Customer Reviews

Most Helpful Customer Reviews

9 of 10 people found the following review helpful By Chambolle VINE VOICE on October 12, 2009
Format: Hardcover Verified Purchase
If you have been a subscriber to the Bonny Doon newsletter, you're familiar with Randall Grahm's over the top punnery for wine geeks. Only Mr. Grahm would pen a satire titled "Reductio ad Sulfatum, or A Penny for Your Thoughts," riffing on reductive winemaking and replete with footnotes like this: "The use of copper sulfate (the active ingredient in Tidy Bowl) is the most common treatment for persistent reductive aromas in wines. In biodynamic practice, this highly effective treatment is, alas, strictly forbidden."

There is an entire chapter of verse entitled "Posey Galore," which includes such masterworks as "Howlbarino," by "Alain Gainesberger" and the lyrics to "Monster Grenache," to be sung to the tune of "The Monster Mash." I mean, where else would you find a line like "The guests included Henri Bone-eau, Michel Cryptoutier, Marcel Gui-goul and his fils"?

Like I said, you've got to be a particularly peculiar sort of wine geek to get off on Grahm's shtick -- but if a parody entitled "'B' by Thomas Puncheon" sounds intriguing, this is your book.

Incidentally, "Been Doon So Long" recently received a James Beard Award. Sounds like the book was right up their alley.
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5 of 5 people found the following review helpful By John M. Cesano on February 8, 2010
Format: Hardcover
Randall Grahm is the owner and Winemaker of Bonny Doon Vineyard. Randall Grahm and Bonny Doon are nearly synonymous, so inextricably are the two linked for wine lovers. Randall Grahm became well known as one of the pioneers of Rhone varietal wines in California (Cinsault, Grenache, Mouvedre, Marsanne, Roussane, Viognier), and was at least equally well known for his mold breakingly unique wine labels (Chuck House, Ralph Steadman). Grahm found additional substantial success with relatively obscure Italian varietals.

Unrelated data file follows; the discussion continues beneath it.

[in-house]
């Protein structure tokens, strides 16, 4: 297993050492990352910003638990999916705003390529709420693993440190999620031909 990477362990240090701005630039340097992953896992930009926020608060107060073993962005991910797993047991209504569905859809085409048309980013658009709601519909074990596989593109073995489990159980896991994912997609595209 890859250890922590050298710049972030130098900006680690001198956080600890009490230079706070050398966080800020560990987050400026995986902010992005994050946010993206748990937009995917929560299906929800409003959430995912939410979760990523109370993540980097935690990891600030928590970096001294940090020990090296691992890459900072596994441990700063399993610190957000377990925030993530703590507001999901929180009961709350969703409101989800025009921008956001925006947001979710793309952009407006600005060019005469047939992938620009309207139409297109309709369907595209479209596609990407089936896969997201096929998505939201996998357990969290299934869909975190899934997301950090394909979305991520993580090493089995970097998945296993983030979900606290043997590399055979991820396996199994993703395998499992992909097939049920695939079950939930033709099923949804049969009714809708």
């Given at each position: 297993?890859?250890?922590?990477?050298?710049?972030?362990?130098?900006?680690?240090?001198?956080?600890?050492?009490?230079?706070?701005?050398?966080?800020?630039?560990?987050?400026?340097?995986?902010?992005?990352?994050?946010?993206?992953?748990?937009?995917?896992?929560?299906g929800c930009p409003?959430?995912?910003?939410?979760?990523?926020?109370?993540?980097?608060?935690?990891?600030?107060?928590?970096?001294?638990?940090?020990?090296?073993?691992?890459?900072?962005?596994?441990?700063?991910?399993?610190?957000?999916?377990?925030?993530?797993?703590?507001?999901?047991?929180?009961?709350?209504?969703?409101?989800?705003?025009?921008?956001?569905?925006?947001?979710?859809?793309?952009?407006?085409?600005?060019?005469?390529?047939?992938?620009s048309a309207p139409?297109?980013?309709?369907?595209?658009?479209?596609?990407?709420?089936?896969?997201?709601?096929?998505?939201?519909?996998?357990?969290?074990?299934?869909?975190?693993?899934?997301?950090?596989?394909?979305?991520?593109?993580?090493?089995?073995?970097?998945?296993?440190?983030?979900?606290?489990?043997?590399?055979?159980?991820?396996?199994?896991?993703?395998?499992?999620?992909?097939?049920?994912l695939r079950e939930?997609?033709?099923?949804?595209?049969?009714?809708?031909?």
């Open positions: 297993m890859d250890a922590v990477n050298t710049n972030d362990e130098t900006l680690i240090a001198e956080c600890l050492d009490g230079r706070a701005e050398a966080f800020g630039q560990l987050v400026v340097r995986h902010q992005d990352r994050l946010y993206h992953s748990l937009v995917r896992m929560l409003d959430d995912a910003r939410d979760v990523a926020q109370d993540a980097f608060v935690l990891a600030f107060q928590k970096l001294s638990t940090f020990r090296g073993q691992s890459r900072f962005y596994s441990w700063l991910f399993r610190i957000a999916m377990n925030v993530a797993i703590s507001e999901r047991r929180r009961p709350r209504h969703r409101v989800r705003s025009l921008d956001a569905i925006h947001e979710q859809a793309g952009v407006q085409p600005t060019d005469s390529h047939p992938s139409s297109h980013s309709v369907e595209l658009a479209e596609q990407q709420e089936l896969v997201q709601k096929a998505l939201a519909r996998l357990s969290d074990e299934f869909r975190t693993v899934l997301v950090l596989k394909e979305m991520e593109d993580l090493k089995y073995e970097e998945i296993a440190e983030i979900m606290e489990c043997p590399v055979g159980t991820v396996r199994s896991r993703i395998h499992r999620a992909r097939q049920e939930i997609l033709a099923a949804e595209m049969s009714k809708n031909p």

Fortunately for anyone who loves wine, literature, and wine literature, Randall Grahm is also famous for his marketing prowess, which included his writings in a Bonny Doon Newsletter. While the Bonny Doon Newsletter was intended to aid the mercantile, to promote and sell the wine, the Newsletter became more ambitious, educating and sharing Grahm's point of view.

Randall Grahm's writings for the Newsletter were not limited to mere articles alone, or pre-blog blog entries in print medium; they included brilliantly executed parodies of notable literary works including Don Quixote, Catcher in the Rye, and A Clockwork Orange. Couched inside of each parody, Grahm commented on notions Doon-ian, and often poked fun and sometimes derision at a host of subjects enological or viticultural satirically. Grahm also parodied literary poets like Ginsberg in poesy, and popular song lyrics - including Have a Cigar from Roger Waters of Pink Floyd.

Been Doon So Long is a collection of these writings from the newsletter, as well as articles, speeches and essays. Sure to please his many fans, and educate a legion of new ones, Randall Grahm has also written a wonderful review on the history of his many wine labels.
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3 of 3 people found the following review helpful By Thad Westhusing on January 1, 2010
Format: Hardcover
Like a captivating wine, Been Doon So Long is a book that encourages one to read, reflect, and then read again. And like any great cellar, this is a book that offers a variety of writings from various periods of Grahm's life as a winemaker, enabling the reader to be selective as to what is ultimately consumed. I approached Grahm's book with the initial impulse to consume it cover-to-cover, only to find myself reading and returning to various sections of the book that resonated most with me.

Of particular interest were the pieces organized under the section, "Earnest Speeches and Sober Essays". Here, I discovered insights into the true meaning of terroir; how we Americans suffer from an immature wine culture; the merits of originality and minerality; and most importantly, how wine reaches deep into our states of mind, body, and soul. Grahm's writings, especially the essay, "A Meditation on Terroir: The Return", helped connect the dots for me, providing the context my consciousness needed to better understand and appreciate wine in a more profound and meaningful way.

Besides connecting dots, Grahm's candid reflections on his multi-decade journey crafting and marketing wine helped me better understand the person behind the Bonny Doon labels. Until reading this book, my impression of Grahm was primarily that of an innovative (lest we forget witty) marketer as well as an astute businessman, with the additional thought that he had the wherewithal of making decent wine at scale.

I had no frame of reference on his soul, nor did I understand the transformation that was occurring in Grahm as a winemaker thru the 90's and into the next decade, when he decided to part ways with the larger parts of his business and focus solely on a few select vins de terroir.